No "d" in privilege.

Posted by: DC | April 16, 2008 9:36 AM | Report abuse

I thought all states would excuse a breastfeeding mother! It seems obvious. Pumping would only work if 1. your child takes bottles (mine didn't for 2 months, although he was in daycare) and 2. if you have a pump and are given the time and a place to pump.

If I had to report when I was breastfeeding, I'd have brought the nursing infant with me. Up to 4-5 months, they're extremely portable. After that it's harder, you'd need a corner to put them down with toys. But they still need to eat!

Posted by: Toni | April 16, 2008 9:38 AM | Report abuse

I don't think breastfeeding should be singled out exclusively as an excuse. The policies other have mentioned where you can defer your duty because of a variety of personal issues seem more flexible.

My college-aged son was called and got his service moved to summer time because he wasn't able to come back from school for the appointed date.

I think some people have lucky stars or something. I've been called for Jury Duty several times but never even gotten as far as the selection process.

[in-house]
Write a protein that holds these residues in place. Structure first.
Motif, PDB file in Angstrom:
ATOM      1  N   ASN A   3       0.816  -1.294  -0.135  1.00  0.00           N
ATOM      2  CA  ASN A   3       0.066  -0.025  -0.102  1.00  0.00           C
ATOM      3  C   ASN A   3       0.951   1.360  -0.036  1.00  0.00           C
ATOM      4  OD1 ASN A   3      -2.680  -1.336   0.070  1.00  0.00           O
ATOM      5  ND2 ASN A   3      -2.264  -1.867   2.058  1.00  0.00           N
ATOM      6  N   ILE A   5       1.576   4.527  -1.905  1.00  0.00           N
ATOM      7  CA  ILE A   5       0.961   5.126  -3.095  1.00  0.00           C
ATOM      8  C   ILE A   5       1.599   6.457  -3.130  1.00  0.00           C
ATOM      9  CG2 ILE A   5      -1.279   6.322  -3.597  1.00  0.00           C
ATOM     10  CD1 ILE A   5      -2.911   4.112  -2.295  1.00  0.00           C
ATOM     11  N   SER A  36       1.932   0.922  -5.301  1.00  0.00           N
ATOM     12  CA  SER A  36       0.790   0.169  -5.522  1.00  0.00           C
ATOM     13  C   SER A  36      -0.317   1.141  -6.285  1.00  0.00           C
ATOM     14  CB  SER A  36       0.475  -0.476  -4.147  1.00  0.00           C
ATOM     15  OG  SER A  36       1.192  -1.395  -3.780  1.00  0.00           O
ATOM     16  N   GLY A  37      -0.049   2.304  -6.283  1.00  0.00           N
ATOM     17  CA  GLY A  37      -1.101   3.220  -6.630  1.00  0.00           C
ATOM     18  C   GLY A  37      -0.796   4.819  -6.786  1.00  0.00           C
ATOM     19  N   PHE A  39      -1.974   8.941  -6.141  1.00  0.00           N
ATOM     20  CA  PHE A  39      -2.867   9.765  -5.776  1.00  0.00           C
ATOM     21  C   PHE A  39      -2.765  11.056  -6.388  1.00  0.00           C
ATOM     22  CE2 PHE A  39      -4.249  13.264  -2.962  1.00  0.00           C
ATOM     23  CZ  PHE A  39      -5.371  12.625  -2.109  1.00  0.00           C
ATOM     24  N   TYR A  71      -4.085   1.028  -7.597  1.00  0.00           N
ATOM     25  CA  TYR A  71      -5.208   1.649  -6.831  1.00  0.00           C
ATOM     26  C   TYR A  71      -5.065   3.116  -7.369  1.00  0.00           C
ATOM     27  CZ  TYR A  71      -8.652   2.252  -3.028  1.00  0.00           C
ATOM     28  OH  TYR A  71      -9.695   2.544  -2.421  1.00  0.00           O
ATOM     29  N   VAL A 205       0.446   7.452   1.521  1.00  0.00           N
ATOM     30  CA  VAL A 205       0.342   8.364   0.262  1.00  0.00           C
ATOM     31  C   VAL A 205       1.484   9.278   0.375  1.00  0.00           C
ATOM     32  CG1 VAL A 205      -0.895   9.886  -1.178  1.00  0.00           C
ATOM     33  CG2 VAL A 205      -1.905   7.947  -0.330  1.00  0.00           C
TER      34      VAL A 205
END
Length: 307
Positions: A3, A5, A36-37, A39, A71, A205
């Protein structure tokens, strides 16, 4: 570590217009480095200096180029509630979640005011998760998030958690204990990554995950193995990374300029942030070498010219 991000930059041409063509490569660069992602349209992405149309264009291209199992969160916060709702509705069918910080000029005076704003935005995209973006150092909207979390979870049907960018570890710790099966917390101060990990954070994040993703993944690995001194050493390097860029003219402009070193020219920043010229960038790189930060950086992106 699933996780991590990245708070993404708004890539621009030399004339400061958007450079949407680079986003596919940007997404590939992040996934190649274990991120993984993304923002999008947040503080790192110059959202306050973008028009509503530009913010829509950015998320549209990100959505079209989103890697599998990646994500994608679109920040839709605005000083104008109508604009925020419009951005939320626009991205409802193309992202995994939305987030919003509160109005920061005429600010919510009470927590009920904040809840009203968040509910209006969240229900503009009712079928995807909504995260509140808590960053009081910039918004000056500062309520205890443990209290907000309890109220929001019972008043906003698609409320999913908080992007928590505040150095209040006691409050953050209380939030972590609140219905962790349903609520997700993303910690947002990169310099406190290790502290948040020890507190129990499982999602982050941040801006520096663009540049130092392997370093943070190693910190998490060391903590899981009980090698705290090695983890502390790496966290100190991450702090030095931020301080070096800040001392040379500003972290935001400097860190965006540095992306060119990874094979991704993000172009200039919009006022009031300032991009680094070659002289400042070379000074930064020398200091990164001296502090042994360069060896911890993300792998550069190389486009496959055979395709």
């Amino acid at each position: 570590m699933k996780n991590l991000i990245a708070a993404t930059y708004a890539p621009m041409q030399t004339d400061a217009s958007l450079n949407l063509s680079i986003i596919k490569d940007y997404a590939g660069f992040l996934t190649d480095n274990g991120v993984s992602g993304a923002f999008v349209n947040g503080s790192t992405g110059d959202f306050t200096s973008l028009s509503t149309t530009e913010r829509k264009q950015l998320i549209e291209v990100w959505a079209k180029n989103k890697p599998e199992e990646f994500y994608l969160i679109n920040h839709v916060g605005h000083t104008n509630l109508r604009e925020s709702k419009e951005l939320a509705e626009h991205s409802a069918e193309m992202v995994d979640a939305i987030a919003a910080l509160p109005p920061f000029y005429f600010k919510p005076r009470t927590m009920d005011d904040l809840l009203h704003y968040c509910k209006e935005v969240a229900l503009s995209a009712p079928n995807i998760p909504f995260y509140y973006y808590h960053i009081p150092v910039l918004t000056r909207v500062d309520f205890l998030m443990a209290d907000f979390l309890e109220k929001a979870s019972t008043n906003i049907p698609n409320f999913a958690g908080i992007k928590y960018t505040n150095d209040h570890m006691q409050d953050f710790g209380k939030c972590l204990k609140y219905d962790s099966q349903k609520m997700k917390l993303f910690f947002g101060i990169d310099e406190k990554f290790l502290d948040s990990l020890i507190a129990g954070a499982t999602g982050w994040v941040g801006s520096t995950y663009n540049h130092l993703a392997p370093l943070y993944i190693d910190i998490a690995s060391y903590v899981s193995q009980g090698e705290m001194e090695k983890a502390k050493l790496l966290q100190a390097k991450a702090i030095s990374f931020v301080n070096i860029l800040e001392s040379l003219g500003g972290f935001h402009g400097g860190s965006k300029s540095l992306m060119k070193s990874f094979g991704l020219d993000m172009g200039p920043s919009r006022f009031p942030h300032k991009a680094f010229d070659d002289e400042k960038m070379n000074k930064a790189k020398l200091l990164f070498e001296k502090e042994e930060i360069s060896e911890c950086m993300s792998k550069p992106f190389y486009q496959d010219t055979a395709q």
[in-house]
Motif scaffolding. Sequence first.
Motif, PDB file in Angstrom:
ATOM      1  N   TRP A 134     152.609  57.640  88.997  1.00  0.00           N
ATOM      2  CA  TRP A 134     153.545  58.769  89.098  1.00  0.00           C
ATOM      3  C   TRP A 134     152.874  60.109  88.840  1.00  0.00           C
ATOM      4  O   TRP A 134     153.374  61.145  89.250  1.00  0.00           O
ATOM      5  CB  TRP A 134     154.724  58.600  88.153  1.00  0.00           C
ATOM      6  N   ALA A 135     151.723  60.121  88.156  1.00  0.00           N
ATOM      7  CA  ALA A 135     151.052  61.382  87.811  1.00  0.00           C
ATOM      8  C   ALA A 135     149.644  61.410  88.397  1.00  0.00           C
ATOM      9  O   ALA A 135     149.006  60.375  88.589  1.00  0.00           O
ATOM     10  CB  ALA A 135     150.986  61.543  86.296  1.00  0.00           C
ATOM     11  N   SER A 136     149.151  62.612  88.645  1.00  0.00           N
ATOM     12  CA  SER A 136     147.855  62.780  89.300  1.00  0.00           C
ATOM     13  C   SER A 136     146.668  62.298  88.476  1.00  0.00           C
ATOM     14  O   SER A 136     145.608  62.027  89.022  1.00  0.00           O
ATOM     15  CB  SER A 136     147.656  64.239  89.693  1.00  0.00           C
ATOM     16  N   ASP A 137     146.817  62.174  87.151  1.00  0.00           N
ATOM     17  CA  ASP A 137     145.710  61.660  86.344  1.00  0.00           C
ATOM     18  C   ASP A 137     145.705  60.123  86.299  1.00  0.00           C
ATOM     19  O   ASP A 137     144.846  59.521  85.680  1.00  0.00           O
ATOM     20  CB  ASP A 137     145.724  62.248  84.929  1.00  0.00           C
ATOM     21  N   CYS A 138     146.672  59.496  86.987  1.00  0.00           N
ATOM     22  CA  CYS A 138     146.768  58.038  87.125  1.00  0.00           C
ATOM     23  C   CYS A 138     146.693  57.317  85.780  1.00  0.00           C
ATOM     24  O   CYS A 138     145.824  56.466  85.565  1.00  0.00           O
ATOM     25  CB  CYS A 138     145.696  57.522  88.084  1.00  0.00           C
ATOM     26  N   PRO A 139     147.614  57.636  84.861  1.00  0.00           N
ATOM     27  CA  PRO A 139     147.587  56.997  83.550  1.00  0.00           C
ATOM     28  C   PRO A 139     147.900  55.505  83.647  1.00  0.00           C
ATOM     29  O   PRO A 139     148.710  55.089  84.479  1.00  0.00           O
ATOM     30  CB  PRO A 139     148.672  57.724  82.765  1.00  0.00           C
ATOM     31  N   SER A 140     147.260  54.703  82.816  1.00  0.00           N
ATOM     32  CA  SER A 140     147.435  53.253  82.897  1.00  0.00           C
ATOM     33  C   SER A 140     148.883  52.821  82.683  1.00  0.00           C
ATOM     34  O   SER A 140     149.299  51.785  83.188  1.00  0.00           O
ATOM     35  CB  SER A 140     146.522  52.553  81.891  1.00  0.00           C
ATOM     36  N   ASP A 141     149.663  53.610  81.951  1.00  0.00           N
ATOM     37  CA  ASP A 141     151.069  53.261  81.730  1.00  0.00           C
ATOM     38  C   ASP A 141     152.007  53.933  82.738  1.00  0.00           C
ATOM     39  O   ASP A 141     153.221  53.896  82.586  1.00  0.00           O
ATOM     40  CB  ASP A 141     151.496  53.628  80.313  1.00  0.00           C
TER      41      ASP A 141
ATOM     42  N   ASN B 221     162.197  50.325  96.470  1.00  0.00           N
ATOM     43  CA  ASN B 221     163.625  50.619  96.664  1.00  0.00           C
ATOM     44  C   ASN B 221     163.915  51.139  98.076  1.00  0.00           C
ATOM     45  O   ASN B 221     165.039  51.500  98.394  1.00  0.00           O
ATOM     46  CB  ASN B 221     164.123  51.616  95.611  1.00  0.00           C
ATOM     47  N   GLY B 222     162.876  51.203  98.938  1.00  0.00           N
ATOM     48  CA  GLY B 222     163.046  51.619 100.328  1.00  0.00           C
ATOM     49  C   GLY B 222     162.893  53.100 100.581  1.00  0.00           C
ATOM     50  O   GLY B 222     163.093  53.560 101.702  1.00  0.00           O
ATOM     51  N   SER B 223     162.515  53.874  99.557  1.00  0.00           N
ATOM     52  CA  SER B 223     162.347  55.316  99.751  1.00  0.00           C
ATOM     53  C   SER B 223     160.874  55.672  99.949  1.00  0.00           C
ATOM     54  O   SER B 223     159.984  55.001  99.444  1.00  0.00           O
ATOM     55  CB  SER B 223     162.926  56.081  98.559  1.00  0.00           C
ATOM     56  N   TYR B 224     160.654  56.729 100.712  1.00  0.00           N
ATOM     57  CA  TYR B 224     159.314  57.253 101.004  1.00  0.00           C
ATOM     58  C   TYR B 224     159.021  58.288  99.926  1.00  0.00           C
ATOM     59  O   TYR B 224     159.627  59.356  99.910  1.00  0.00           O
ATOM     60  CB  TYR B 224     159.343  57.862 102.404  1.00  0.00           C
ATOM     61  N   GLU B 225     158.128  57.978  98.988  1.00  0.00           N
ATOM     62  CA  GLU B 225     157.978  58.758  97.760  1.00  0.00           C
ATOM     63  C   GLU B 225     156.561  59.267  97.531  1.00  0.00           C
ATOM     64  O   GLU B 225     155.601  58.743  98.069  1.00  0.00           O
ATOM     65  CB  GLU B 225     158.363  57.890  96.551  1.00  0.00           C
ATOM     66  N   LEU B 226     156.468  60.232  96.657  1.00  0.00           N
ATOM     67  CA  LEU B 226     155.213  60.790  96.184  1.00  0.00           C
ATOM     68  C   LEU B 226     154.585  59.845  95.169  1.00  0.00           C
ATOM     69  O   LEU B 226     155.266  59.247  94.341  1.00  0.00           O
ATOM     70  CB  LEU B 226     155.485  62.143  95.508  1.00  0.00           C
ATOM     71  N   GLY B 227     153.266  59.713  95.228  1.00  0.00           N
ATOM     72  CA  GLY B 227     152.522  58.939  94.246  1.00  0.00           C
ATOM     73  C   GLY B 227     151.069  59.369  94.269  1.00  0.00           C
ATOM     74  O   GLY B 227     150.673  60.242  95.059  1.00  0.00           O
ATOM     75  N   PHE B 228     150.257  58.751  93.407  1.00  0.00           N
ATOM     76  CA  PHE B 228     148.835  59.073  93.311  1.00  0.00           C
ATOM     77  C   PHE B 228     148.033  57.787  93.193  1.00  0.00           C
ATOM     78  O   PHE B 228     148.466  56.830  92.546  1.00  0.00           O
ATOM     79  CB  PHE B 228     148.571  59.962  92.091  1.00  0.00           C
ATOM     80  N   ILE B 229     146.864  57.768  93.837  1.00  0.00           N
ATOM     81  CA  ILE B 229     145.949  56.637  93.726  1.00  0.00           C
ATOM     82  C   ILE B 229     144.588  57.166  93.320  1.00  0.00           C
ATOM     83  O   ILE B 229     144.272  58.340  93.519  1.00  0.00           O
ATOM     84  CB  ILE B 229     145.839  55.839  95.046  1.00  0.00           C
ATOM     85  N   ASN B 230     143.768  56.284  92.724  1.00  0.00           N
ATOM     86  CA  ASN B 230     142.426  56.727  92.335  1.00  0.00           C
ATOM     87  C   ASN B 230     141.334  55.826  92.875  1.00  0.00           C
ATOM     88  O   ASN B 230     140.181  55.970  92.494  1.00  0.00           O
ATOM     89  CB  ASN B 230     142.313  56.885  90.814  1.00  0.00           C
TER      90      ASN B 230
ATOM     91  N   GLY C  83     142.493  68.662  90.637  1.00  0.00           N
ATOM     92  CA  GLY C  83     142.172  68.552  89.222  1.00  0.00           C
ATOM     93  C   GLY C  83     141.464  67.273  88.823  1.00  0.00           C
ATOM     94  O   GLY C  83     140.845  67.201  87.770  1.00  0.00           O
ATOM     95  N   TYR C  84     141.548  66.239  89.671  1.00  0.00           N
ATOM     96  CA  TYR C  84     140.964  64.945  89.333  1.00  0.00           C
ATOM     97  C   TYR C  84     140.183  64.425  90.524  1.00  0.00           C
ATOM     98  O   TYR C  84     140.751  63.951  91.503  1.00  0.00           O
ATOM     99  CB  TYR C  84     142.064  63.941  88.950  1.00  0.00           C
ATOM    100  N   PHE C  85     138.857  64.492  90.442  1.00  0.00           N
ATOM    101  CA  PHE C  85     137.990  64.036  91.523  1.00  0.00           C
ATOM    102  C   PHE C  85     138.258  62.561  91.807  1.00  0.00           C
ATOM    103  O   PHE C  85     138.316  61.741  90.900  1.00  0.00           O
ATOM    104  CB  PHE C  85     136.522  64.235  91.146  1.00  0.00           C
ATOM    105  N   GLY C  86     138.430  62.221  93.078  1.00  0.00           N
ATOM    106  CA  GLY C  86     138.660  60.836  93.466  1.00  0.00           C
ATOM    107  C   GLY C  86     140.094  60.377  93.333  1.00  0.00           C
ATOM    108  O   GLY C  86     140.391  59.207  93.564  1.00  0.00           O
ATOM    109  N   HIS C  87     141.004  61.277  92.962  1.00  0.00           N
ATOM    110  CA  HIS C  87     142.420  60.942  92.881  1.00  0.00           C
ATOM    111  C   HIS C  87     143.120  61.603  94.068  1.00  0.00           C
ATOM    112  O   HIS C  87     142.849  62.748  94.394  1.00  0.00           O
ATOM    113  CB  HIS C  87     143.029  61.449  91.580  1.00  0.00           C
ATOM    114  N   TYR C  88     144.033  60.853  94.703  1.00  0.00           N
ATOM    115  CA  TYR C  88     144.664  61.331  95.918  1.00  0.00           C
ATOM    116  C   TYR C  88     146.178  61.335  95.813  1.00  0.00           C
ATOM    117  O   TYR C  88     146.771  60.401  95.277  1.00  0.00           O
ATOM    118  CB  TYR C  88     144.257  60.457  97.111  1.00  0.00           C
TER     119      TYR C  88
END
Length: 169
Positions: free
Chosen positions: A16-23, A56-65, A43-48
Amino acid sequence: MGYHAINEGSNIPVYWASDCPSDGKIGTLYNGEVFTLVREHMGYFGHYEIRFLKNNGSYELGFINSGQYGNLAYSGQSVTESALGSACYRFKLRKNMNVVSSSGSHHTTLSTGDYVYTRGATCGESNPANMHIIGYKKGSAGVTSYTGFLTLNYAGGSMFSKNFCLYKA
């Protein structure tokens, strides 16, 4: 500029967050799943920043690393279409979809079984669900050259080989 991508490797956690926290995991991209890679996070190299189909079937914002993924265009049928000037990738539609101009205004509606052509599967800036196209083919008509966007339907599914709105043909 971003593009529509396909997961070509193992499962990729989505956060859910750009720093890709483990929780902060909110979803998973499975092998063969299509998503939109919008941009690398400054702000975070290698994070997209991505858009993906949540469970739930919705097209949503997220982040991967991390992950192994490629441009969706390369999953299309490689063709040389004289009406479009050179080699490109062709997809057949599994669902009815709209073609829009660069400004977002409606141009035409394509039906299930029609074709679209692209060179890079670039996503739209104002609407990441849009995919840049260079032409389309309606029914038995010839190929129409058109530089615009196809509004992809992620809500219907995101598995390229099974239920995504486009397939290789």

Posted by: RoseG | April 16, 2008 9:40 AM | Report abuse

"I feel strongly that some excuses from jury duty are valid and exclusive breastfeeding and lack of day care are two of them. This doesn't mean that the person can't get called up again in a year."

I think breast feeding and child care are two completely separate issues. Stating lack of child care can take a SAHM out of the court system at least five years, to the start of Kindergarten. Should that be a valid excuse? And then it goes further to after school care.

Child care can be arranged in advance. The jury notice is sent out with enough time.

I am inclined to think that breasfeeding should also have it's limitations as far as excuses go. For example, a newborn certainly needs more time than say, a 2 year old. But, just like any exemption request, it needs to go through the proper channels. I mean, if I just call up and say I'm breastfeeding, who is to know for sure if I am or not?

I'm not sure the Baltimore woman should be used as an example in this case, as it seems from the article that she ignored the denial letters, didn't pursue the issue further and just plain failed to show up. That is probably not the best way to go about it.


Posted by: prarie dog | April 16, 2008 9:56 AM | Report abuse

prarie dog


"I'm not sure the Baltimore woman should be used as an example in this case, as it seems from the article that she ignored the denial letters, didn't pursue the issue further and just plain failed to show up. That is probably not the best way to go about it. "


Yup.